ZANU PF in its 2013 elections manifesto flaunts President Robert Mugabe’s scholarship fund that sends students to South African universities annually as a demonstration of the party’s commitment to lift education standards in Zimbabwe.
Southern Eye Editorial
However, a story we carried yesterday about 440 University of Fort Hare students left stranded after the government failed to pay their fees and living allowances raises questions if this is the best way to ensure more Zimbabweans attain university education.
The government reportedly owes the University of Fort Hare more than R40 million in outstanding fees and the students have been left “high and dry”. A majority of these students come from underprivileged families and without the stipends from the government, they have no other sources of income.
Some of the students have reportedly resorted to seeking employment as bouncers and waitresses in nearby pubs and restaurants. Authorities say the students were this year admitted into the institution without paying the minimum initial payment of R2 800 required prior to registration, in contravention of the institution’s rules.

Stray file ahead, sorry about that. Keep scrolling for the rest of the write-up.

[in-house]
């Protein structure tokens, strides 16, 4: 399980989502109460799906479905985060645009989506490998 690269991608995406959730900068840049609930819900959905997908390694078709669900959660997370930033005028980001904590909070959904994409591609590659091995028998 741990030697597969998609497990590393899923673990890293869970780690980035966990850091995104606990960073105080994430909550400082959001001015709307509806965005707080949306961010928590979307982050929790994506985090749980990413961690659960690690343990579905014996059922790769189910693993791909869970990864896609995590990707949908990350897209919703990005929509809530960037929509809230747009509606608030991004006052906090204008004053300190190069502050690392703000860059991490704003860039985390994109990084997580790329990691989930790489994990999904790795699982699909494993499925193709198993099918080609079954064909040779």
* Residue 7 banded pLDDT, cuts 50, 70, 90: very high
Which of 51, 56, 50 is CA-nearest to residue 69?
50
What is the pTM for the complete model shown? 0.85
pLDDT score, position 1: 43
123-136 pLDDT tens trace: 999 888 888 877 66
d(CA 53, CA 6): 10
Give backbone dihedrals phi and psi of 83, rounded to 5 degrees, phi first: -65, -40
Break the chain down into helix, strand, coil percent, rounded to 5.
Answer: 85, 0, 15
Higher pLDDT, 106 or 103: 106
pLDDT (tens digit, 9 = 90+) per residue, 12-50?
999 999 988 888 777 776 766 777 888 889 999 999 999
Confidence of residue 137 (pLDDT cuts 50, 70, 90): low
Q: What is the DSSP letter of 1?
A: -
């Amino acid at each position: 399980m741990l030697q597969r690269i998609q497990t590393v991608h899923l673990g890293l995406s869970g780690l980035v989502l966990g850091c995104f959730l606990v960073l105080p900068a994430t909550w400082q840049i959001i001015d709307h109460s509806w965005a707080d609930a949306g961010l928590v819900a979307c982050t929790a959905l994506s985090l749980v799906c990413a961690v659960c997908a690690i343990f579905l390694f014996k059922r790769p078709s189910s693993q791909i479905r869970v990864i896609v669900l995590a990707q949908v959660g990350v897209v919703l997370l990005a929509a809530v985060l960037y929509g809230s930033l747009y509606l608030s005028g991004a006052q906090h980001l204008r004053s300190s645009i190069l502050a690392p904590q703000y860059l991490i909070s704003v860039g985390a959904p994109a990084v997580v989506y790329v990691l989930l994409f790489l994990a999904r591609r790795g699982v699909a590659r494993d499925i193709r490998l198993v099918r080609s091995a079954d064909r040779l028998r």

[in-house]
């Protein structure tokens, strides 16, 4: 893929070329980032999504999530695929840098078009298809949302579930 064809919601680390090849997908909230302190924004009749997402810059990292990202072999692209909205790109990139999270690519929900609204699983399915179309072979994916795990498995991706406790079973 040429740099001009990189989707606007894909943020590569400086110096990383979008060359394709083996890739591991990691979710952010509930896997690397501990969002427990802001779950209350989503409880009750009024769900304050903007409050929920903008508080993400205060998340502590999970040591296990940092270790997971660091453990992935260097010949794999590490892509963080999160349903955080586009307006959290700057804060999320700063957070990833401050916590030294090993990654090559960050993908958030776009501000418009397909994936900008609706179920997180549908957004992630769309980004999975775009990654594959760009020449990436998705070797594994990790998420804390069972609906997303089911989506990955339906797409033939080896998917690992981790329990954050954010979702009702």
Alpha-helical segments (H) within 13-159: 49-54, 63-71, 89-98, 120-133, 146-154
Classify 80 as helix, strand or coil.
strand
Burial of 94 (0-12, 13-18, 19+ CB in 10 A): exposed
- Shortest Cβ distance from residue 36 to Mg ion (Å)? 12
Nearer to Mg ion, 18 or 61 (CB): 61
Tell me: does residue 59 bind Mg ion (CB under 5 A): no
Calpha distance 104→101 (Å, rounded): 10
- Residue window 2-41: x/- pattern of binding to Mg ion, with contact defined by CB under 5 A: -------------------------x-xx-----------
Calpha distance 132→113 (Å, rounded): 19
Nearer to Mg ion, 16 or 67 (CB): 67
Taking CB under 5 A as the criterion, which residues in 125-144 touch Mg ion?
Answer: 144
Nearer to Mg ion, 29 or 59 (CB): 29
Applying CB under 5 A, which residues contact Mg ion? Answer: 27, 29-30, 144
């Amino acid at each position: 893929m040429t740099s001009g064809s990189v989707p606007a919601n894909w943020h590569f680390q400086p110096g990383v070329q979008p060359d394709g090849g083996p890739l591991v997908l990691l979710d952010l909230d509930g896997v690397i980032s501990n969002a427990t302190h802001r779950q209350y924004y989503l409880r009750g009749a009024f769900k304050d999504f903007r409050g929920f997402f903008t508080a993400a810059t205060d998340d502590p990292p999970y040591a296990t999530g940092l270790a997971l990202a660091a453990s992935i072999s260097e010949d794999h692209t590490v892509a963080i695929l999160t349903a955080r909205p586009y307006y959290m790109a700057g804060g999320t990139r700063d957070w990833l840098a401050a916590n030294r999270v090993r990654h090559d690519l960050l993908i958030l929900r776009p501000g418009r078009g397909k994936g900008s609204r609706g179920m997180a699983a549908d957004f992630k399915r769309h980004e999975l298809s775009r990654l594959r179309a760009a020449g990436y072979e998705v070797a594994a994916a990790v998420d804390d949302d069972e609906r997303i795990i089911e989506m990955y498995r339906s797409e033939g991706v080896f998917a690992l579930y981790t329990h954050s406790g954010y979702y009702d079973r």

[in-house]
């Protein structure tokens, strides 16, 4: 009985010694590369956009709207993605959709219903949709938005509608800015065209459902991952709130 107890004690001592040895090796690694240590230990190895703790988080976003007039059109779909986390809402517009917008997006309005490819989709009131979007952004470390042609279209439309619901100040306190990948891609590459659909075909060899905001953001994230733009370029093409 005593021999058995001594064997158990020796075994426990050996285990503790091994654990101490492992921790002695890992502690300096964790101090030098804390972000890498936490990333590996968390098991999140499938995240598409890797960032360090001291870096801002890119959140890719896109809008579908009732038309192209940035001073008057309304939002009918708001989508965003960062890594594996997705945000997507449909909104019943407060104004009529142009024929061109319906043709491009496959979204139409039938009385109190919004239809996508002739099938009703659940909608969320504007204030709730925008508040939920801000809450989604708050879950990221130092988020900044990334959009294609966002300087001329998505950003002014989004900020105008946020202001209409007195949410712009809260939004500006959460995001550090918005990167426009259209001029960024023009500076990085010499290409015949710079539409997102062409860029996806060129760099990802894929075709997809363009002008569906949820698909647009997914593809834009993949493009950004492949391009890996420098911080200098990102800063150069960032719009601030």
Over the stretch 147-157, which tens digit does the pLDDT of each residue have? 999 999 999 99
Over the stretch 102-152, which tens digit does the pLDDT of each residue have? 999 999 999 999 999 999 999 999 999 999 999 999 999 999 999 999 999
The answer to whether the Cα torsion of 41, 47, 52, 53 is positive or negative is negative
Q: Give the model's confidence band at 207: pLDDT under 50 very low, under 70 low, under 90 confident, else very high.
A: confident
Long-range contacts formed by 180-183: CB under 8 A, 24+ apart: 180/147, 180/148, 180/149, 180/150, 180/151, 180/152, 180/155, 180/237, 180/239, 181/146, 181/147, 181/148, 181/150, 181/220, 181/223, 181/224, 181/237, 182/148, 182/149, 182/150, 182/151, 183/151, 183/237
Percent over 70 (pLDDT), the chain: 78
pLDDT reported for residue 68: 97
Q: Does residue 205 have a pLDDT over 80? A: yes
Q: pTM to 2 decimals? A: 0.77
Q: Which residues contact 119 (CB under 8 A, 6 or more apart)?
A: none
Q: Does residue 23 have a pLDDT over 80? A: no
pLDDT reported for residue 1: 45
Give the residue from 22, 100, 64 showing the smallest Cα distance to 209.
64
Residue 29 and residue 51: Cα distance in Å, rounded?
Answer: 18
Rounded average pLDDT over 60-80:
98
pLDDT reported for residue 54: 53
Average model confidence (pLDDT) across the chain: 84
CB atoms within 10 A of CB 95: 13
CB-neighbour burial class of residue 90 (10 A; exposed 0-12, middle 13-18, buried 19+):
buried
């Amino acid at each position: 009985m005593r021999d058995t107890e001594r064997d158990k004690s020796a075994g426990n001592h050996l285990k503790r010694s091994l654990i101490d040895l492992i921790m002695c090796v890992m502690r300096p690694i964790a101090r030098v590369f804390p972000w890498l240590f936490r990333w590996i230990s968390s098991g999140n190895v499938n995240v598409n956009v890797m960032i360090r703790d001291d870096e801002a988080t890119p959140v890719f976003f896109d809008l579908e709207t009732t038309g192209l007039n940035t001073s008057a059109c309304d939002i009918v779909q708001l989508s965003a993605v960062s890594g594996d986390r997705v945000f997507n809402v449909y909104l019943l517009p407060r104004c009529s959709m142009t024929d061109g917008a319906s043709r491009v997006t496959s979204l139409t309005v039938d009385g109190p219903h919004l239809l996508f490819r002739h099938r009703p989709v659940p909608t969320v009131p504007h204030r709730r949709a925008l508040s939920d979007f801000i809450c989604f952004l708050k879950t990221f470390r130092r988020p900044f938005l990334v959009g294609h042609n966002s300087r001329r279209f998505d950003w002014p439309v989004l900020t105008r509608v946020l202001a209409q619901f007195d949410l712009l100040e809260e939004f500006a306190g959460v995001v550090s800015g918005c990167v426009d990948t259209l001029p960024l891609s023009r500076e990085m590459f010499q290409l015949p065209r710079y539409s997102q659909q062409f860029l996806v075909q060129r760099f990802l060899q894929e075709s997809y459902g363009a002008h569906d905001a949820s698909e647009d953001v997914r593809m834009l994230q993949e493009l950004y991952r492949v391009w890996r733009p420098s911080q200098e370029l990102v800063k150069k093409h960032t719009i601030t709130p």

The scholarship has also been dogged by allegations of political interference. Some of the students — including the current MDC South Africa Eastern Cape secretary-general Elisha Mutize — were pulled out of the programme for supporting opposition parties.
Mutize claimed that in cases where they received allowances, students with Zanu PF links got more money than those who were linked to the MDC formations. Mugabe appears unaware that this programme has been discredited or he knows, but does not want to admit that it has failed.
Speaking at a rally at Bulawayo’s White City Stadium on Saturday, Mugabe bragged about the presidential scholarship.
But what is happening at Fort Hare and other South African universities is a source of embarrassment for the country. The government that will emerge from the Wednesday elections must have a serious relook at this fund. Is it still necessary to continue sending students to foreign lands when the government does not have the resources to sustain them?
Besides tarnishing Zimbabwe’s image, the failure to pay fees has exposed the students to hardships and vices that might prove detrimental in their future even if they attain the degrees. Those who are forced into prostitution are exposed to HIV and Aids while others could be driven to crime.
Instead of sending students to expensive South African universities, the government must be strengthening local institutions and coming up with interventions for students who cannot pay their fees locally.